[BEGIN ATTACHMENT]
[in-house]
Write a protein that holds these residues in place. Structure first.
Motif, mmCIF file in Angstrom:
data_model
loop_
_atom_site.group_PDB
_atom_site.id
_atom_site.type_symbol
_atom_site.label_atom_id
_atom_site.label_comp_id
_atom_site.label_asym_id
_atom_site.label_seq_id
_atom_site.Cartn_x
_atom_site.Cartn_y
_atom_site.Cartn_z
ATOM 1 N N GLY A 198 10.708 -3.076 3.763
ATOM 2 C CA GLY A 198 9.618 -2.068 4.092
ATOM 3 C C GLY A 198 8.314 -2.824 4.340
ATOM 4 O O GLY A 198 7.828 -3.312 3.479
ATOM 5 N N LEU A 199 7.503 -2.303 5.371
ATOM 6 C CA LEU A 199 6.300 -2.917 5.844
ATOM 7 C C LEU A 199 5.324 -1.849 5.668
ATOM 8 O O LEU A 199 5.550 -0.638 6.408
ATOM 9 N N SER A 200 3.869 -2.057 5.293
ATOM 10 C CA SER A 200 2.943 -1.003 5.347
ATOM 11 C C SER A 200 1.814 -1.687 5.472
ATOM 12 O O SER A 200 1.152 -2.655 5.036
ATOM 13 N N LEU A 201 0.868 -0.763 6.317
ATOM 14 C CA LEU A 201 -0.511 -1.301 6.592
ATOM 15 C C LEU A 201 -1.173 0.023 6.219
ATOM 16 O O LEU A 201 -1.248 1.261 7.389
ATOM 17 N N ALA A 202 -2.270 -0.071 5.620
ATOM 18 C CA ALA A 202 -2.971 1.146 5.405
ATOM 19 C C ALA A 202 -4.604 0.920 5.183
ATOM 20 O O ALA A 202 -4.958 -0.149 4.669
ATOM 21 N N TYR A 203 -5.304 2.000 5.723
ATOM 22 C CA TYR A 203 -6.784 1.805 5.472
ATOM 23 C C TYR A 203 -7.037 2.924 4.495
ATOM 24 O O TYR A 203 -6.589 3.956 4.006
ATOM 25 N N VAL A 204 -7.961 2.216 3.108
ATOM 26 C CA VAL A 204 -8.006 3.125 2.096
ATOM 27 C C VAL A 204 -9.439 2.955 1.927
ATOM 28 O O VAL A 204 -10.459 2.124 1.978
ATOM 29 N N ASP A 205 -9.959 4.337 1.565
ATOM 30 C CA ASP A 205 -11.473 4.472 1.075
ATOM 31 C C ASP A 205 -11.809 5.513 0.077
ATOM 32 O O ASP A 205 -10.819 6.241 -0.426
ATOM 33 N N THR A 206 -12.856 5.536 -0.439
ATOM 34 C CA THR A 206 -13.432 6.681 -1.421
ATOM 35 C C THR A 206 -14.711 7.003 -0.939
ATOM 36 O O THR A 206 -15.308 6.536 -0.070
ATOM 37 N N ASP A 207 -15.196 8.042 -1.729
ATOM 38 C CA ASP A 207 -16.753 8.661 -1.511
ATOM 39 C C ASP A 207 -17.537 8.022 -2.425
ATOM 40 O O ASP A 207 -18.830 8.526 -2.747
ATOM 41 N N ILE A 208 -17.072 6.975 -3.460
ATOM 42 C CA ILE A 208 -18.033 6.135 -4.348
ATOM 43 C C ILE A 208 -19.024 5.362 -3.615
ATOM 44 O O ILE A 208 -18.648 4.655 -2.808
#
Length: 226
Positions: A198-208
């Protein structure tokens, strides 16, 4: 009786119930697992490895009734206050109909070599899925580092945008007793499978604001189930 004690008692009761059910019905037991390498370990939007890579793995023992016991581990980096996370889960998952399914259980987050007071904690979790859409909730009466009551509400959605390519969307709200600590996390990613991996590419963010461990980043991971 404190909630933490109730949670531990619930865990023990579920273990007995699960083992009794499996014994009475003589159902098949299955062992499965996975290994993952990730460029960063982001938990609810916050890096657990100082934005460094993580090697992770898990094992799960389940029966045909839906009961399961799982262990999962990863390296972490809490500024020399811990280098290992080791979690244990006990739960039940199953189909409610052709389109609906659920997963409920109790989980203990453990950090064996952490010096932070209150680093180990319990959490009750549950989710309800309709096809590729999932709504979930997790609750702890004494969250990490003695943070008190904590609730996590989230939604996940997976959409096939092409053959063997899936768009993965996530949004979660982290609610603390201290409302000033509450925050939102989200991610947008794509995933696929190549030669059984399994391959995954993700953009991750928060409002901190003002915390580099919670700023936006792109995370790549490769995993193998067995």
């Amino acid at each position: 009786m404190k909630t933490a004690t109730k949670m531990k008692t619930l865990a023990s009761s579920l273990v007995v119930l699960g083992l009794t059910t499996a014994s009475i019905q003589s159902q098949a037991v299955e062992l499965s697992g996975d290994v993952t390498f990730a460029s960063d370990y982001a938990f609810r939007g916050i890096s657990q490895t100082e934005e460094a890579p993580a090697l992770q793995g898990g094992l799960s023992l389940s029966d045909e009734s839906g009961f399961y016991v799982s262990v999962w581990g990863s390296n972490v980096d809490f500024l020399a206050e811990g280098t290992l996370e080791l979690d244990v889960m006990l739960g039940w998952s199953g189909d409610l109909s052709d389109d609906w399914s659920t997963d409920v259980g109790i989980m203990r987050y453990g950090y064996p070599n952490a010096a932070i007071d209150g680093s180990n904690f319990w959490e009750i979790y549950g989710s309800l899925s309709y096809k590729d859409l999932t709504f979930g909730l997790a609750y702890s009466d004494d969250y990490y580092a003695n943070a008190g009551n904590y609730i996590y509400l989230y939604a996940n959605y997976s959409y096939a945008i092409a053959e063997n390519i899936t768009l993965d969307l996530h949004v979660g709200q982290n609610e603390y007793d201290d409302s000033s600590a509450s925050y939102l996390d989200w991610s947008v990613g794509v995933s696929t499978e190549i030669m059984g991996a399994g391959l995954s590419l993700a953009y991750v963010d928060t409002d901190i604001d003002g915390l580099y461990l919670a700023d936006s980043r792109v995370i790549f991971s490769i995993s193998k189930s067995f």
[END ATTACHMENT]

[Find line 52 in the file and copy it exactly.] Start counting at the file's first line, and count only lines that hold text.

ATOM 37 N N ASP A 207 -15.196 8.042 -1.729